Monday, November 26, 2007

Huge study on the population genetics of Native Americans

This is a pretty impressive study. They analyzed "678 autosomal microsatellite markers genotyped in 422 individuals" spread across the Americas. They also compare it to the CEPH panel of worldwide populations
Interestingly, or ironically, there are no samples from populations living in the United States. The authors claim that their study "represents the largest continent-wide Native American population-genetic study performed to date". I like the fact that they use the data to examine several of the main hypotheses regarding Native American population genetics. They include 2o figures and 30 or so tables in the supplementary material!! They don't seem to find anything too surprising...

Genetic variation and Population Structure in Native Americans

Sijia Wang, Cecil M. Lewis Jr., et al.

PLoS Genetics 3(11): e185
Abstract: We examined genetic diversity and population structure in the American landmass using 678 autosomal microsatellite markers genotyped in 422 individuals representing 24 Native American populations sampled from North, Central, and South America. These data were analyzed jointly with similar data available in 54 other indigenous populations worldwide, including an additional five Native American groups. The Native American populations have lower genetic diversity and greater differentiation than populations from other continental regions. We observe gradients both of decreasing genetic diversity as a function of geographic distance from the Bering Strait and of decreasing genetic similarity to Siberians—signals of the southward dispersal of human populations from the northwestern tip of the Americas. We also observe evidence of: (1) a higher level of diversity and lower level of population structure in western South America compared to eastern South America, (2) a relative lack of differentiation between Mesoamerican and Andean populations, (3) a scenario in which coastal routes were easier for migrating peoples to traverse in comparison with inland routes, and (4) a partial agreement on a local scale between genetic similarity and the linguistic classification of populations. These findings offer new insights into the process of population dispersal and differentiation during the peopling of the Americas.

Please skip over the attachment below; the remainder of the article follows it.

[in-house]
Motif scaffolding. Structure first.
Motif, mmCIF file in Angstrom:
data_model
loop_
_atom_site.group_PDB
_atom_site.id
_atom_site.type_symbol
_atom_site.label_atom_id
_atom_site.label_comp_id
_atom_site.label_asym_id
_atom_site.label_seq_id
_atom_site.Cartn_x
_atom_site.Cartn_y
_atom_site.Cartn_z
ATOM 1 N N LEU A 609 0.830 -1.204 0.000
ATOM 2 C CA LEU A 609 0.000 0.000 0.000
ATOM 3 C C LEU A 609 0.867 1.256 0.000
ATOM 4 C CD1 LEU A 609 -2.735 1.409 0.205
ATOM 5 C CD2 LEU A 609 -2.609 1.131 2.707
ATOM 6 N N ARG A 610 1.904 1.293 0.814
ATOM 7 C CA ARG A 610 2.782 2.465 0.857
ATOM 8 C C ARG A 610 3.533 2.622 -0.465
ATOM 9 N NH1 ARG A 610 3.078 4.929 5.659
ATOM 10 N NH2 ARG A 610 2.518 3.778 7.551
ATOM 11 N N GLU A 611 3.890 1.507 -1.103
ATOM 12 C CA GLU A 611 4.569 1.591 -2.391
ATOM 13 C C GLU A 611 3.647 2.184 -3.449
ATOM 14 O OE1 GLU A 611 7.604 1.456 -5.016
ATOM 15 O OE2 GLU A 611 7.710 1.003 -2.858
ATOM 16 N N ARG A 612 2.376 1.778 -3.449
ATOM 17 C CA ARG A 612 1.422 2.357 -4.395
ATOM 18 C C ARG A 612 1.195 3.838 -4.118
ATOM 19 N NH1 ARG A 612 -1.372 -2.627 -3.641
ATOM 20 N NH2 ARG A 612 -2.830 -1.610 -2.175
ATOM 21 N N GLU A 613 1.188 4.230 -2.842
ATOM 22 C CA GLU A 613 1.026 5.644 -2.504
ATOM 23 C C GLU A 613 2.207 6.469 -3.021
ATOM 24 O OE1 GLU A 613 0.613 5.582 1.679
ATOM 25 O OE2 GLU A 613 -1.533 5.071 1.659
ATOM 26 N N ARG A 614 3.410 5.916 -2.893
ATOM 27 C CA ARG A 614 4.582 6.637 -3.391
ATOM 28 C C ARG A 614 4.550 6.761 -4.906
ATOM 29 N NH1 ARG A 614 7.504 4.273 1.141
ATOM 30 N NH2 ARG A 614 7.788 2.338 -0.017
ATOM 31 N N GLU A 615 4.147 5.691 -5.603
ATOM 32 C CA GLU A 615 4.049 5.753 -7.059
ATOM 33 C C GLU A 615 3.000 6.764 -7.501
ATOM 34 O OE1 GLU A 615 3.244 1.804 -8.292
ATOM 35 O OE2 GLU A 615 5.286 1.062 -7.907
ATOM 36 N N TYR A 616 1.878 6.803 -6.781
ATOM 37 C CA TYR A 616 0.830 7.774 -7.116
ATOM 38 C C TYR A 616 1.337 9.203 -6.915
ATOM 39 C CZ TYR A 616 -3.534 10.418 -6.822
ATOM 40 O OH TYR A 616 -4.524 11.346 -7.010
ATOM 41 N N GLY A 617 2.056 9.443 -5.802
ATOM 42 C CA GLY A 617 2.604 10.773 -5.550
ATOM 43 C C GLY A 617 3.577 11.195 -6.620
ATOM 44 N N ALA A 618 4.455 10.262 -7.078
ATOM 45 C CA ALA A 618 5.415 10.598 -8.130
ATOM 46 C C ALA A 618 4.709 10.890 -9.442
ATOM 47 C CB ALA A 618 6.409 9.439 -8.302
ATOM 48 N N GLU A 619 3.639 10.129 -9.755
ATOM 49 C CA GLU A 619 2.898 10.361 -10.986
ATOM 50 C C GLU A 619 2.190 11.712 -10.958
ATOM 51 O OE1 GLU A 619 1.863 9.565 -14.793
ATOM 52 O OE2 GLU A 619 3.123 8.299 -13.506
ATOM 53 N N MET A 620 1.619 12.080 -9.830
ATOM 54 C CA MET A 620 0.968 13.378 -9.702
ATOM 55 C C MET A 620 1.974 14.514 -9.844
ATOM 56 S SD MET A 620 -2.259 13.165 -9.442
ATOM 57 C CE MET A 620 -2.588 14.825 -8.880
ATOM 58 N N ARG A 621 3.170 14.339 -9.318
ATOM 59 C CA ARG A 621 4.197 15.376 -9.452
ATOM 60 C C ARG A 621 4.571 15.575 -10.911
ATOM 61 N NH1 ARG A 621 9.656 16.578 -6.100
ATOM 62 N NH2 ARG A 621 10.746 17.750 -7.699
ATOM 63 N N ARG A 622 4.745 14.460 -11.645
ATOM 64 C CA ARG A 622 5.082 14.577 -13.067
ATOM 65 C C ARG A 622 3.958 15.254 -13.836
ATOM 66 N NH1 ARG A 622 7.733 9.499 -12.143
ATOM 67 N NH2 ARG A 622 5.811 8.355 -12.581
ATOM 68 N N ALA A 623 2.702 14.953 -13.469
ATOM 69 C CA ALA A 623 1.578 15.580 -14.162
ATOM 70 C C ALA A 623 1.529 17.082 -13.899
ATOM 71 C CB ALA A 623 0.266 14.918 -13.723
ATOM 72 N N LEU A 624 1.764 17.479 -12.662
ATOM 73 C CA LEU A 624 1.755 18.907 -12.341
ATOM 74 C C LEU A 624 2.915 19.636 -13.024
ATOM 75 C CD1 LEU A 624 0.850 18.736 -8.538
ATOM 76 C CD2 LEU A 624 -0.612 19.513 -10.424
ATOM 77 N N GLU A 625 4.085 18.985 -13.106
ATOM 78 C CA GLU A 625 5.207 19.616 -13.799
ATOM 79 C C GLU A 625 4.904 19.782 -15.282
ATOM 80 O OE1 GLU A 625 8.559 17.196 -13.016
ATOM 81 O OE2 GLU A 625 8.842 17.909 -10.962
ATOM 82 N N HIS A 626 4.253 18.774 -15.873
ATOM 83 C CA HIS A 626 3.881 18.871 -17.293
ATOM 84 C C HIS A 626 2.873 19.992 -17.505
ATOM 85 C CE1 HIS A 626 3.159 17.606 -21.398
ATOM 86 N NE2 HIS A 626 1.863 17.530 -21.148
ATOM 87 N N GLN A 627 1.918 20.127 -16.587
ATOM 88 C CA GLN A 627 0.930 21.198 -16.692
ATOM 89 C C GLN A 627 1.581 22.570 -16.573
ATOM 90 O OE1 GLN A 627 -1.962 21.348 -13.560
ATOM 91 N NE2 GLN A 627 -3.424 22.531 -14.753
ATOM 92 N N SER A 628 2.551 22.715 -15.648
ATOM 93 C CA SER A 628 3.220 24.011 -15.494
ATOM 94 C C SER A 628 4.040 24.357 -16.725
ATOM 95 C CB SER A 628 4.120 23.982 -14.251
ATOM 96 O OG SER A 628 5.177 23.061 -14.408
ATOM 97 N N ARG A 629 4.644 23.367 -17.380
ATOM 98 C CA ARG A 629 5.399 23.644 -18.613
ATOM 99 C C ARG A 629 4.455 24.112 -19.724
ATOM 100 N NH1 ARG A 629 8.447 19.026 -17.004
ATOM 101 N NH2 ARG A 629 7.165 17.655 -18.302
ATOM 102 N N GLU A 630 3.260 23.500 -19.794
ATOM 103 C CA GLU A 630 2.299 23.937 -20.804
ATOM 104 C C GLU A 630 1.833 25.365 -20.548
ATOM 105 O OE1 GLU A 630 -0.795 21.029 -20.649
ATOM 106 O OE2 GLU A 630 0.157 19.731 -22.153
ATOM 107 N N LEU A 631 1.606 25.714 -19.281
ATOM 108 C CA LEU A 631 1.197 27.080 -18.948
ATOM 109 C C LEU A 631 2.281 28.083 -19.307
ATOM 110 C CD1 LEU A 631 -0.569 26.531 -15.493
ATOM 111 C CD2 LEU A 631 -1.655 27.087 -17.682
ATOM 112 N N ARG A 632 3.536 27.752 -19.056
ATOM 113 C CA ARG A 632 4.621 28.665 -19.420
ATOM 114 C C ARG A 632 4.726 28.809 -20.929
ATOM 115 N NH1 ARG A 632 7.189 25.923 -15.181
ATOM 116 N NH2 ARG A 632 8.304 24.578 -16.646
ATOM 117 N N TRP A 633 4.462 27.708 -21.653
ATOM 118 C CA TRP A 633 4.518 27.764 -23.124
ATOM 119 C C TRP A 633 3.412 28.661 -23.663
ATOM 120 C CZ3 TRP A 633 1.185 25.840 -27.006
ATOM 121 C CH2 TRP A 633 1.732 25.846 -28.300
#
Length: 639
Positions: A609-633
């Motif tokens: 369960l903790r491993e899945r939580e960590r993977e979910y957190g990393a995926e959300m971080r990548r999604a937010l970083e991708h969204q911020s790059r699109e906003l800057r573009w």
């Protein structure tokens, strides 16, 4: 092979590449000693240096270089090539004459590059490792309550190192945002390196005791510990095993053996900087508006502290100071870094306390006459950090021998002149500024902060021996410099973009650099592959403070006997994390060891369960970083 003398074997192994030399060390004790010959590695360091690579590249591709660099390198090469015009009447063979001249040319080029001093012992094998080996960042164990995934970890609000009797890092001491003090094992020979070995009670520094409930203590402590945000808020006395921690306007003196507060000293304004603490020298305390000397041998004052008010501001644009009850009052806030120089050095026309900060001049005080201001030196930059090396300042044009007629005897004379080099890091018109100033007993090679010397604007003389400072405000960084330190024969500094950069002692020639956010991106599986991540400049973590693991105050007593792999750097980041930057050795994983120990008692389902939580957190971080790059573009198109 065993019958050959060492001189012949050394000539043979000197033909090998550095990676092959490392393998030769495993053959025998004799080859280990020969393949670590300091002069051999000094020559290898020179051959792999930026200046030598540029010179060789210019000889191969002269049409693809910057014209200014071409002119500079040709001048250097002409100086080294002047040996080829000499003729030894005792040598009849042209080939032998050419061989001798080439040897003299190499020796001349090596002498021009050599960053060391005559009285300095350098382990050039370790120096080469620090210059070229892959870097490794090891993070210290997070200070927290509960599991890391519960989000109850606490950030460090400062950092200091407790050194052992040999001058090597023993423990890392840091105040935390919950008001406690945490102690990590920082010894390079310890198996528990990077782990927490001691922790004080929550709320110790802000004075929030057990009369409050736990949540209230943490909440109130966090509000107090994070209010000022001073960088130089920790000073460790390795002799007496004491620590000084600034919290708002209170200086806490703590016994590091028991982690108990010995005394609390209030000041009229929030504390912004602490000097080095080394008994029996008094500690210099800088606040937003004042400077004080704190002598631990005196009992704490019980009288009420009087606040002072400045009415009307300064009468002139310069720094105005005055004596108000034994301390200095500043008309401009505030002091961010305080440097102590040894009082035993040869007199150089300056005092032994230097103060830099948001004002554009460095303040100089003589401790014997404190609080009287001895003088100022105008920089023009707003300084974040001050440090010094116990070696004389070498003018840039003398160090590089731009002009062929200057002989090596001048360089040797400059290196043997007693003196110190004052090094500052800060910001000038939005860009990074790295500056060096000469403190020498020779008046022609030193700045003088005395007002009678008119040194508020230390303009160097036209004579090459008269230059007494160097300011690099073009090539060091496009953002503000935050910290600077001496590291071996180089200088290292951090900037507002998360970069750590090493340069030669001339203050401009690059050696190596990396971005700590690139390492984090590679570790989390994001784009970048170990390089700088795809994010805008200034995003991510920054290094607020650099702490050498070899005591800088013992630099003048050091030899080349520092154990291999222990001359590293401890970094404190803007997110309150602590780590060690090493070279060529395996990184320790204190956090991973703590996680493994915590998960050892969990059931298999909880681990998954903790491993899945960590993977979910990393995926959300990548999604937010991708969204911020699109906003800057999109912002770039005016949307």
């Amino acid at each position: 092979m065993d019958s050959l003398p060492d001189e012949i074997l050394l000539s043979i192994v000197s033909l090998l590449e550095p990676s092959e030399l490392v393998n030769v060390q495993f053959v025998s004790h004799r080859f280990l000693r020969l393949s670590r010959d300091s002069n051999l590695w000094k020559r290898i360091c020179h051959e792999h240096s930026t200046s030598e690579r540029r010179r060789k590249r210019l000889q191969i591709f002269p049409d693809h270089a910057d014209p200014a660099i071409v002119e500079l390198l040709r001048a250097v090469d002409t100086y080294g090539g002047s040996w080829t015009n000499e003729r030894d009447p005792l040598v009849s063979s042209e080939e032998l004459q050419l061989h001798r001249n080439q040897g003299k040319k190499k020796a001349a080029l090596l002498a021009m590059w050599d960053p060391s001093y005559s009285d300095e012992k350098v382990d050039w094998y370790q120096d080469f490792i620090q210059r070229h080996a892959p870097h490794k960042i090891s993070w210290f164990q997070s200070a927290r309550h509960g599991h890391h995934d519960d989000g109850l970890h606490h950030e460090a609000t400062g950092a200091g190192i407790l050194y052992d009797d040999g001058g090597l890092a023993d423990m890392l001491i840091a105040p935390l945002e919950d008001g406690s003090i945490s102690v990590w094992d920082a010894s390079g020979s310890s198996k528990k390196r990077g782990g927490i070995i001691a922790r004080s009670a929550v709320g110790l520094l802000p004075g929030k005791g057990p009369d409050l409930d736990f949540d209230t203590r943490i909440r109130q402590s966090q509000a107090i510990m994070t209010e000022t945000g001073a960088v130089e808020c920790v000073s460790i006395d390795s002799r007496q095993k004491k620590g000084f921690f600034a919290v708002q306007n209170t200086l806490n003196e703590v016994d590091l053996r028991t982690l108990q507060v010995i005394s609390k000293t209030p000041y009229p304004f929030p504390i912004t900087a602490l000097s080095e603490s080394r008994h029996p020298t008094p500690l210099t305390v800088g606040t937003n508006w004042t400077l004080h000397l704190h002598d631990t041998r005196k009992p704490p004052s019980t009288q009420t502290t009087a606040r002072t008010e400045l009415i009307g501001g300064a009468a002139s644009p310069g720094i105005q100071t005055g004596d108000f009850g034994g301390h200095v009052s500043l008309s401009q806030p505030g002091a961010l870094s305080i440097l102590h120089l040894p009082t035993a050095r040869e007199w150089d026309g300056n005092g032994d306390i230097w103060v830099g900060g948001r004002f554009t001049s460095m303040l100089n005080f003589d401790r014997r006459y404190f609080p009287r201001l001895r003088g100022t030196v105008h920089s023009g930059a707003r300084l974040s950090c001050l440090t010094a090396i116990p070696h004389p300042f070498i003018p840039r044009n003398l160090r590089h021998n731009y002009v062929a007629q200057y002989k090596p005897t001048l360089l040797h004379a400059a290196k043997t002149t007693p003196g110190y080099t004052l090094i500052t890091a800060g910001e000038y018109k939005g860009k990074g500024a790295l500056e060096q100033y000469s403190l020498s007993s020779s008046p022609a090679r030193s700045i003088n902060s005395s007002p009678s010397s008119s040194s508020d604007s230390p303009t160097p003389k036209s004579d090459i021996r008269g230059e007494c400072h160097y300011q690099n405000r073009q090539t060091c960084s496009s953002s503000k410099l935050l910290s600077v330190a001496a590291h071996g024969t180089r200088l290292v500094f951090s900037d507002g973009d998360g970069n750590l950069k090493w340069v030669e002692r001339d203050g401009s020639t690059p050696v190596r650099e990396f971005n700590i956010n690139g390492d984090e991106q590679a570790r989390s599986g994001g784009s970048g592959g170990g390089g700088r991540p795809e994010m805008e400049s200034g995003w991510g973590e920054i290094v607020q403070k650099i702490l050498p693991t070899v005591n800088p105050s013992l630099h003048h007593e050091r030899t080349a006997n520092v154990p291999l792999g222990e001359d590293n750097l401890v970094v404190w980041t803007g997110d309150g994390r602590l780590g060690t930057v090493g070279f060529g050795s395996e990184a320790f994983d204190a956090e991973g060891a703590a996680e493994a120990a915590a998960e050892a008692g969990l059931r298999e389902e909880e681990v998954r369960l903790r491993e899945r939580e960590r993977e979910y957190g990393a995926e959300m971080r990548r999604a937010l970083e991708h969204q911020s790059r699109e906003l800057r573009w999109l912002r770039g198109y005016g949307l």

Tatarize said...
This comment has been removed by a blog administrator.
Tatarize said...

Why? It was meant to be funny/entertaining. Please say you removed it for being unfunny rather than religious reasons.

Locations of visitors to this page